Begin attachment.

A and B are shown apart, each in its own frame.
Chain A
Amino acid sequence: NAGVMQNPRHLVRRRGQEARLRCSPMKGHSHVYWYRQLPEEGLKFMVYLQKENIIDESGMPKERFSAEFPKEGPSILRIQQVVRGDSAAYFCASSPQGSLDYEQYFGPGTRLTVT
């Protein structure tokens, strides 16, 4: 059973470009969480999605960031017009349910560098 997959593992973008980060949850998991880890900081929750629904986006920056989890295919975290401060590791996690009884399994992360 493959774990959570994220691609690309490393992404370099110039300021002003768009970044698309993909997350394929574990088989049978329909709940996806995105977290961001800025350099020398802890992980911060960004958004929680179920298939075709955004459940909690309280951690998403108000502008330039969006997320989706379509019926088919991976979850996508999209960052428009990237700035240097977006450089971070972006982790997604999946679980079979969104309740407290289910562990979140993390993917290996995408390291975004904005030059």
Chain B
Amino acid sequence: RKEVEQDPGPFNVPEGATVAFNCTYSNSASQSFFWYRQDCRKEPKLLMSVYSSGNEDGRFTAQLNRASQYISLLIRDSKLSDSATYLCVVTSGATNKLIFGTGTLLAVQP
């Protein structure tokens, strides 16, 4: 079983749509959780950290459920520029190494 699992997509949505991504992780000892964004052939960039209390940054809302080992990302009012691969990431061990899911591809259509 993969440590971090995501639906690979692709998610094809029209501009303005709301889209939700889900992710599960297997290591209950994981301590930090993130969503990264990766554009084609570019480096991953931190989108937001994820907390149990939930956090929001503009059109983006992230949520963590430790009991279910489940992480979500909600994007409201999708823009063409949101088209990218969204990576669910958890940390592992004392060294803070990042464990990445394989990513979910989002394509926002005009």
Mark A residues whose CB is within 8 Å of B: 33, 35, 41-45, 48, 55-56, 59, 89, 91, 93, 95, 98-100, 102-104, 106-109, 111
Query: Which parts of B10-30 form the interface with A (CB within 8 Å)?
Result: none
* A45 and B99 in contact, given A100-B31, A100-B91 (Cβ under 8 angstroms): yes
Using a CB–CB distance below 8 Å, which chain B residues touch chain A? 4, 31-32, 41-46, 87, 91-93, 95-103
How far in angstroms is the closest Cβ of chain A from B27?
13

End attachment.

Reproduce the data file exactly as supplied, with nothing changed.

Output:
A and B are shown apart, each in its own frame.
Chain A
Amino acid sequence: NAGVMQNPRHLVRRRGQEARLRCSPMKGHSHVYWYRQLPEEGLKFMVYLQKENIIDESGMPKERFSAEFPKEGPSILRIQQVVRGDSAAYFCASSPQGSLDYEQYFGPGTRLTVT
């Protein structure tokens, strides 16, 4: 059973470009969480999605960031017009349910560098 997959593992973008980060949850998991880890900081929750629904986006920056989890295919975290401060590791996690009884399994992360 493959774990959570994220691609690309490393992404370099110039300021002003768009970044698309993909997350394929574990088989049978329909709940996806995105977290961001800025350099020398802890992980911060960004958004929680179920298939075709955004459940909690309280951690998403108000502008330039969006997320989706379509019926088919991976979850996508999209960052428009990237700035240097977006450089971070972006982790997604999946679980079979969104309740407290289910562990979140993390993917290996995408390291975004904005030059």
Chain B
Amino acid sequence: RKEVEQDPGPFNVPEGATVAFNCTYSNSASQSFFWYRQDCRKEPKLLMSVYSSGNEDGRFTAQLNRASQYISLLIRDSKLSDSATYLCVVTSGATNKLIFGTGTLLAVQP
């Protein structure tokens, strides 16, 4: 079983749509959780950290459920520029190494 699992997509949505991504992780000892964004052939960039209390940054809302080992990302009012691969990431061990899911591809259509 993969440590971090995501639906690979692709998610094809029209501009303005709301889209939700889900992710599960297997290591209950994981301590930090993130969503990264990766554009084609570019480096991953931190989108937001994820907390149990939930956090929001503009059109983006992230949520963590430790009991279910489940992480979500909600994007409201999708823009063409949101088209990218969204990576669910958890940390592992004392060294803070990042464990990445394989990513979910989002394509926002005009």
Mark A residues whose CB is within 8 Å of B: 33, 35, 41-45, 48, 55-56, 59, 89, 91, 93, 95, 98-100, 102-104, 106-109, 111
Query: Which parts of B10-30 form the interface with A (CB within 8 Å)?
Result: none
* A45 and B99 in contact, given A100-B31, A100-B91 (Cβ under 8 angstroms): yes
Using a CB–CB distance below 8 Å, which chain B residues touch chain A? 4, 31-32, 41-46, 87, 91-93, 95-103
How far in angstroms is the closest Cβ of chain A from B27?
13